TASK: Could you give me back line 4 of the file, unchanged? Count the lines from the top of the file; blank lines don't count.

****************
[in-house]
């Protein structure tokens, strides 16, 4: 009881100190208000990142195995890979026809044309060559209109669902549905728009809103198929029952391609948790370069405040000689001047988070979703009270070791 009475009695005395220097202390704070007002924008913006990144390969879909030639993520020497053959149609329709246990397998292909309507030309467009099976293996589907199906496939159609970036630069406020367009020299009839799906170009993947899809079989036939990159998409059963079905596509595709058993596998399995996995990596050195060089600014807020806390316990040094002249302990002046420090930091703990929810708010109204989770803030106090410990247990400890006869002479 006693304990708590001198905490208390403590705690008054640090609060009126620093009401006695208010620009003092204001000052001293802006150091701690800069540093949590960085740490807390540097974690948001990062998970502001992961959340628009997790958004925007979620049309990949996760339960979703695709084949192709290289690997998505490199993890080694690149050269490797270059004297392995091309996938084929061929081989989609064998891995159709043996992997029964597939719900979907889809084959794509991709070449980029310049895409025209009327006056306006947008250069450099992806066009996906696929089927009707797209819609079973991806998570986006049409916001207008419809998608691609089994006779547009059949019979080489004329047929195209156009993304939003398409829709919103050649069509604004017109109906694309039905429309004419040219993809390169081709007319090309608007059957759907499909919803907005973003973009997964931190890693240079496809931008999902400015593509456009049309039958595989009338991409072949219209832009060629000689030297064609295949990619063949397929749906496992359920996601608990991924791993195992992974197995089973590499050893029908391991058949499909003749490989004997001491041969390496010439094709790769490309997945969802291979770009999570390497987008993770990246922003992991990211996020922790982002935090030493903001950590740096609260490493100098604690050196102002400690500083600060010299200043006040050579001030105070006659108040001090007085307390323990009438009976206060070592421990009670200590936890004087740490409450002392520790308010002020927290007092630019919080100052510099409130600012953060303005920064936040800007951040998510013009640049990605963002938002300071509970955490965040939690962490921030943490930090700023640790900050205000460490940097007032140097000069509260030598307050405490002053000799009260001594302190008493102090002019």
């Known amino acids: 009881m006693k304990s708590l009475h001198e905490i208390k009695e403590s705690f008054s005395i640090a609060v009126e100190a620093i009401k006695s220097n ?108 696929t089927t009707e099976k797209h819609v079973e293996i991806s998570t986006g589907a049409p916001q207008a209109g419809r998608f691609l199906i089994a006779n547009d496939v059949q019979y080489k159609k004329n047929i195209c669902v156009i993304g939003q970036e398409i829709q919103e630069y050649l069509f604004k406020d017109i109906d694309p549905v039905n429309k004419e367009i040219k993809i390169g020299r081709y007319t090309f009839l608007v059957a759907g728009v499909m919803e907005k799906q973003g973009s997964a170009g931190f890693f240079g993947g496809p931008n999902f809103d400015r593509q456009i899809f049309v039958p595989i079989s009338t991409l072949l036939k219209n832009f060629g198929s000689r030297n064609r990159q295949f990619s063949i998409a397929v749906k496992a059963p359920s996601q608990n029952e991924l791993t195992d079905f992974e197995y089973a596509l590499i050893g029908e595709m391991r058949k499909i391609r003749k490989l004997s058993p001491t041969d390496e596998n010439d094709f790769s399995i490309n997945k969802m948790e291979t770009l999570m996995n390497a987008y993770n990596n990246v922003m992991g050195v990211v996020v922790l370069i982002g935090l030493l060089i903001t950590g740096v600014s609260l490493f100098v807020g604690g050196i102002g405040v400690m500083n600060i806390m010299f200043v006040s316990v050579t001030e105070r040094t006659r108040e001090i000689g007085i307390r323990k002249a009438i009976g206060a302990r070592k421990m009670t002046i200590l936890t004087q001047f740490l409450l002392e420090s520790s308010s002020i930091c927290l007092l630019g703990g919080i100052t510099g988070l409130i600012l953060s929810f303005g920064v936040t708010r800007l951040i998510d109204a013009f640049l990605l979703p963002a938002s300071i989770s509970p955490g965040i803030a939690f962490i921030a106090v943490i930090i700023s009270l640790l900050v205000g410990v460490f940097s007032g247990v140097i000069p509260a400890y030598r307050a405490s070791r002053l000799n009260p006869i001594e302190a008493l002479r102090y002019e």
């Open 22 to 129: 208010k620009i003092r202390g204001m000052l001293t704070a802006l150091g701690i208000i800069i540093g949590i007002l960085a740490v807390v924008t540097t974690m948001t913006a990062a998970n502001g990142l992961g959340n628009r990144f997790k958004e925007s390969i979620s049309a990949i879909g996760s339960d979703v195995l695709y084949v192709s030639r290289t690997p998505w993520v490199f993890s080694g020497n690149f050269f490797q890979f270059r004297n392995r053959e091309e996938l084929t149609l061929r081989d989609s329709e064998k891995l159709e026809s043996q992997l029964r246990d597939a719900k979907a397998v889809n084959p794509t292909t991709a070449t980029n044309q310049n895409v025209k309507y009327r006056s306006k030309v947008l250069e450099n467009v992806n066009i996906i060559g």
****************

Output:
């Open 22 to 129: 208010k620009i003092r202390g204001m000052l001293t704070a802006l150091g701690i208000i800069i540093g949590i007002l960085a740490v807390v924008t540097t974690m948001t913006a990062a998970n502001g990142l992961g959340n628009r990144f997790k958004e925007s390969i979620s049309a990949i879909g996760s339960d979703v195995l695709y084949v192709s030639r290289t690997p998505w993520v490199f993890s080694g020497n690149f050269f490797q890979f270059r004297n392995r053959e091309e996938l084929t149609l061929r081989d989609s329709e064998k891995l159709e026809s043996q992997l029964r246990d597939a719900k979907a397998v889809n084959p794509t292909t991709a070449t980029n044309q310049n895409v025209k309507y009327r006056s306006k030309v947008l250069e450099n467009v992806n066009i996906i060559g």